From London's Financial District to Berlin's NGO Scene

Melanie Wilneder is currently based in Berlin and works with the Supply Chain divisions of major companies in Germany, Switzerland, and Spain. In her current role, she helps corporate buyers integrate supplier environmental sustainability into their procurement. She moved from Deloitte in London to CDP’s regional office in Berlin and currently looks after Germany, Austria, and Switzerland.

The switch from corporate to NGO came after almost 6 years of experience in London’s financial district, primarily in Supply Chain. In other words, after helping companies spend their money with the most suitable suppliers as efficiently and economically as possible, she is now helping companies spend their money sustainably with the most climate-resilient suppliers.

Business Development Manager Melanie Wilneder

Background to climate change and CDP’s work

Climate change is considered to be one of the biggest threats to humanity.

Scientists warn that global warming must be kept within 2 °C to avoid irreversible impacts.

More frequent extreme and changing weather resulting from man-made climate change puts access to potable water and security of food supply at risk in a world in which the population is expected to grow by another billion people in the next decade. Resource scarcity and changes to natural habitats such as sustained droughts and sea-level rise could force millions of people to migrate in what are already increasingly politically and socially unstable times.

CDP works with investors, corporate supply chains, and cities as key actors and influencers to change the way companies and governments value natural capital, thereby establishing the largest corporate environmental database as well as providing an independent rating system to benchmark corporate disclosure and performance. The aim is to bring climate change into the boardroom and into mainstream business strategies, enabling decision-makers to drive meaningful action towards an economic system operating within sustainable boundaries.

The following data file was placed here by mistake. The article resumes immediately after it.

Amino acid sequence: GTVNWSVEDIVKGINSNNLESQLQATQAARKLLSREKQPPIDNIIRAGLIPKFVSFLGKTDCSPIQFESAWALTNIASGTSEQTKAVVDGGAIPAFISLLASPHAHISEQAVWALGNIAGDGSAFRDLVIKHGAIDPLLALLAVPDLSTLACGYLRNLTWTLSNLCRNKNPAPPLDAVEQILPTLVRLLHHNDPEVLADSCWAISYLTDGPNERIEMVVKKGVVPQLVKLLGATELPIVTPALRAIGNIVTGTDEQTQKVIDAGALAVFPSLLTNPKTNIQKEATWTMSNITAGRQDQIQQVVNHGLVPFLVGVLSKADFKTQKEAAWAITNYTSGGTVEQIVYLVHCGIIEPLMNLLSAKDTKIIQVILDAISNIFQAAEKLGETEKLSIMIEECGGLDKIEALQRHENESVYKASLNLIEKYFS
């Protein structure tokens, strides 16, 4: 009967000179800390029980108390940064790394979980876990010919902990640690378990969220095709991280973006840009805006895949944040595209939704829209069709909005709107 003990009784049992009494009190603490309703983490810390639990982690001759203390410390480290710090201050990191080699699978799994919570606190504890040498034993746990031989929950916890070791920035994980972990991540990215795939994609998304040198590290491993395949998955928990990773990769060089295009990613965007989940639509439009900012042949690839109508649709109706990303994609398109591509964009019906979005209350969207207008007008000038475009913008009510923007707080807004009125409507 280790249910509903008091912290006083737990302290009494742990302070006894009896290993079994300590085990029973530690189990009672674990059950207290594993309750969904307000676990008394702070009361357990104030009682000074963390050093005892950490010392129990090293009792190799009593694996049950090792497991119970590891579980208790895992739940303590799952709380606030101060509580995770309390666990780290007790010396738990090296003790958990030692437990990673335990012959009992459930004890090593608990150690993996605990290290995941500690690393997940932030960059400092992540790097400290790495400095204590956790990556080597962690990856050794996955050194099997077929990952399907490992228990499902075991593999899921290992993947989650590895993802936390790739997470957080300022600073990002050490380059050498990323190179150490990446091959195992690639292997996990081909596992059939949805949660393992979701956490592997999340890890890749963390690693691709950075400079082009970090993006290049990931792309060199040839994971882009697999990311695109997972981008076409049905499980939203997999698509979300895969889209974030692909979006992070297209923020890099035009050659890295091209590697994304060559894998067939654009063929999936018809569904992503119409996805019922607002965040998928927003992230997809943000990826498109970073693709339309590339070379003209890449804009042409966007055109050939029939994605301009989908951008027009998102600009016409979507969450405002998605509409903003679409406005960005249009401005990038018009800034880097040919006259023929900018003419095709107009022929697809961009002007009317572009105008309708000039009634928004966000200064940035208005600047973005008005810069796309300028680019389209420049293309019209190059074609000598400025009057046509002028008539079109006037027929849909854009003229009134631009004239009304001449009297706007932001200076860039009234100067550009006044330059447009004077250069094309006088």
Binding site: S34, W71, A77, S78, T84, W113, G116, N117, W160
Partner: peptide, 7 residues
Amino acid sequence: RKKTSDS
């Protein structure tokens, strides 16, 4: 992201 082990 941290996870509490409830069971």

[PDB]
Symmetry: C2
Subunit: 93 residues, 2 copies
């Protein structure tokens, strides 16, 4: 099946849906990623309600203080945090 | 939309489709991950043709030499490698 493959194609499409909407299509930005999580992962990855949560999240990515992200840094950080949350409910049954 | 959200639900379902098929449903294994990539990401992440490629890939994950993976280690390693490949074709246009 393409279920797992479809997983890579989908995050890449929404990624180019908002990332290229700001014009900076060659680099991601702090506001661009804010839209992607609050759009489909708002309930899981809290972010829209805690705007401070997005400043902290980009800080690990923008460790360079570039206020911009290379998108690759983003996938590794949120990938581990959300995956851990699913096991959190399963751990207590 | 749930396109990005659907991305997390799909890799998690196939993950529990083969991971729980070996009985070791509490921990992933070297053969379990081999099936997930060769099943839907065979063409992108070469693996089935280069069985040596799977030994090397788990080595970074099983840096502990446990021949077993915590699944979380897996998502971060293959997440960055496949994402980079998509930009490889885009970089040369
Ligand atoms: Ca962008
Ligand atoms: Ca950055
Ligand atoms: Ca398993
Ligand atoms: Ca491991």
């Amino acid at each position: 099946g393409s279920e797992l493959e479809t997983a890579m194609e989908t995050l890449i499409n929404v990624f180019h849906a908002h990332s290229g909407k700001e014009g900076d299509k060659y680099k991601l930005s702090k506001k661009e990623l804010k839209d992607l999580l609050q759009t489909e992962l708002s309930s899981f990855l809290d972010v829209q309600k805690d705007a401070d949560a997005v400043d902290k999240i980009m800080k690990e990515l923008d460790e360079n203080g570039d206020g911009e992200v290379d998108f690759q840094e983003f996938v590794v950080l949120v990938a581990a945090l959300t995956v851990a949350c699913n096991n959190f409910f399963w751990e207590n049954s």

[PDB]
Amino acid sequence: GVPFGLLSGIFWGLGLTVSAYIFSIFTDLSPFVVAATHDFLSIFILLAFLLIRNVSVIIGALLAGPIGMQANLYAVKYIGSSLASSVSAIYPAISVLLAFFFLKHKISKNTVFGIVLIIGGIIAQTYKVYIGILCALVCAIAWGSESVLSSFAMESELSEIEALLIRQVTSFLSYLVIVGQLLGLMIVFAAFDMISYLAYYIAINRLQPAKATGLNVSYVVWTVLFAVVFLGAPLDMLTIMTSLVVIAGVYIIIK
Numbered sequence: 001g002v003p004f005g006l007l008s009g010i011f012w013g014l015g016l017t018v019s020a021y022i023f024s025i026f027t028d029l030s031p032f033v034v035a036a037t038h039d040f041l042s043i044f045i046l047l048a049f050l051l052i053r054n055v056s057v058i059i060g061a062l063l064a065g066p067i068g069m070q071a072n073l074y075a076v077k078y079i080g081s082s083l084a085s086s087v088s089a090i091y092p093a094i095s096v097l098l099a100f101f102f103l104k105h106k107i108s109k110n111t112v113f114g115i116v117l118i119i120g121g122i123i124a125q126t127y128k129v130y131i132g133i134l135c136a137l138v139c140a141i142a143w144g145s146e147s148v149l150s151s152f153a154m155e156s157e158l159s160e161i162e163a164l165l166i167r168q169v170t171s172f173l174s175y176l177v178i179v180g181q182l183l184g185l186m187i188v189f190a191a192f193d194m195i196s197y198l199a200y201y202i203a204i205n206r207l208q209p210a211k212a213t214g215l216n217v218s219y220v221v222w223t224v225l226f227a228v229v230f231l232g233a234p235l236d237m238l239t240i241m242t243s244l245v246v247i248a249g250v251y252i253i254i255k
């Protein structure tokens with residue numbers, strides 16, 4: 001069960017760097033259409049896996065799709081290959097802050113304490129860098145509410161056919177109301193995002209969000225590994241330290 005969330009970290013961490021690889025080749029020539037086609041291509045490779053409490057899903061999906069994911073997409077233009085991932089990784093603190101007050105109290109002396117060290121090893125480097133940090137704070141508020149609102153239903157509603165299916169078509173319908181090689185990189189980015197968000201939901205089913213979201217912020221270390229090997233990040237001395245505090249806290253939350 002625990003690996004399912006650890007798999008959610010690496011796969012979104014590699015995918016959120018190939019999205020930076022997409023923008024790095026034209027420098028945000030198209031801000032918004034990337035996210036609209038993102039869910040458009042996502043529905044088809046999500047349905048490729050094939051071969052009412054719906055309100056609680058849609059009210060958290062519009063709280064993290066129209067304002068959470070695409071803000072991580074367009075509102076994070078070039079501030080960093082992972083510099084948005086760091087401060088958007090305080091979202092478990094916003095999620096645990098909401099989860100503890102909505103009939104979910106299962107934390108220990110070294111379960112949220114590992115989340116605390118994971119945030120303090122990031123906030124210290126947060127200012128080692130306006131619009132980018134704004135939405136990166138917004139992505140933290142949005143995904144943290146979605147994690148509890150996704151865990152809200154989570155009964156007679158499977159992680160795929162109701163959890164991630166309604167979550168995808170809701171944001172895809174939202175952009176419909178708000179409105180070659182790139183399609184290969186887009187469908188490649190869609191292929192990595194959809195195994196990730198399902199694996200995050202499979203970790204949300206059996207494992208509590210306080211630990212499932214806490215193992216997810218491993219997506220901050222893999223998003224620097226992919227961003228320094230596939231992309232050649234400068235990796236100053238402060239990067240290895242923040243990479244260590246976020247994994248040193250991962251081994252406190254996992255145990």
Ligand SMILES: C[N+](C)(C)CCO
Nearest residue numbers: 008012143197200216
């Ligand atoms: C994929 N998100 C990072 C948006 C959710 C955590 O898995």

Specifically, the Supply Chain program, where I work, recognizes that while major corporations might have understood the risks and opportunities posed by climate change and are actively managing them, their suppliers are lagging behind. At the same time, suppliers are often responsible for the largest part of corporate environmental impact, as companies increasingly outsource their production. To bridge the gap, multinationals joining the Supply Chain program invite their key suppliers to disclose annually according to CDP’s standard. Buyers use the data to track improvement and factor key environmental KPIs into purchasing decisions and supplier performance reviews.

What does a "normal" day look like for you?

In contrast to corporate life, where I’d run to the tube in high heels, BlackBerry in one hand, Starbucks tumbler in the other, a working day now starts with hot lemon water along with some healthy homemade porridge. On the bus ride to work the Financial Times has been replaced with something sustainability-related on the kindle.

After checking emails, I usually spend 50% of my time fostering relationships with procurement teams at prospective member companies. The other half of the time is spent helping existing members make sense of our data and help them drive action in their supply chains. I am targeted on recruiting new members to the program and helping the current ones expand their impact. There’s a lot of Powerpoint, some data analysis, and communication via email and phone in English, German, and Spanish for both business development and account management. Additionally, I am frequently invited to give presentations as a subject matter expert, and lately I have been increasingly asked to moderate discussions, which I enjoy a lot.


There are a few peaks for different activities during the year, including some weeks of extensive traveling. If I am in the office for a few weeks I still spend enough time on the phone and running webinars engaging companies for it to never get boring. After a few weeks of intensive traveling I almost forget what my apartment looks like but at least it’s always tidy.

Overall, CDP is a business-to-business NGO, and so a typical day is not dissimilar from the corporate world at first sight. We are about 10 people locally, roughly 60 in our London headquarters, and around 150 worldwide. A lot of colleagues come from business backgrounds that correspond to their current role.

Working for a mission-driven organization makes a huge difference. All of us share a sense of purpose coupled with strong motivation to work hard every single day. We have so many conversations with companies, and you can feel it when you make a difference, no matter how small it may be.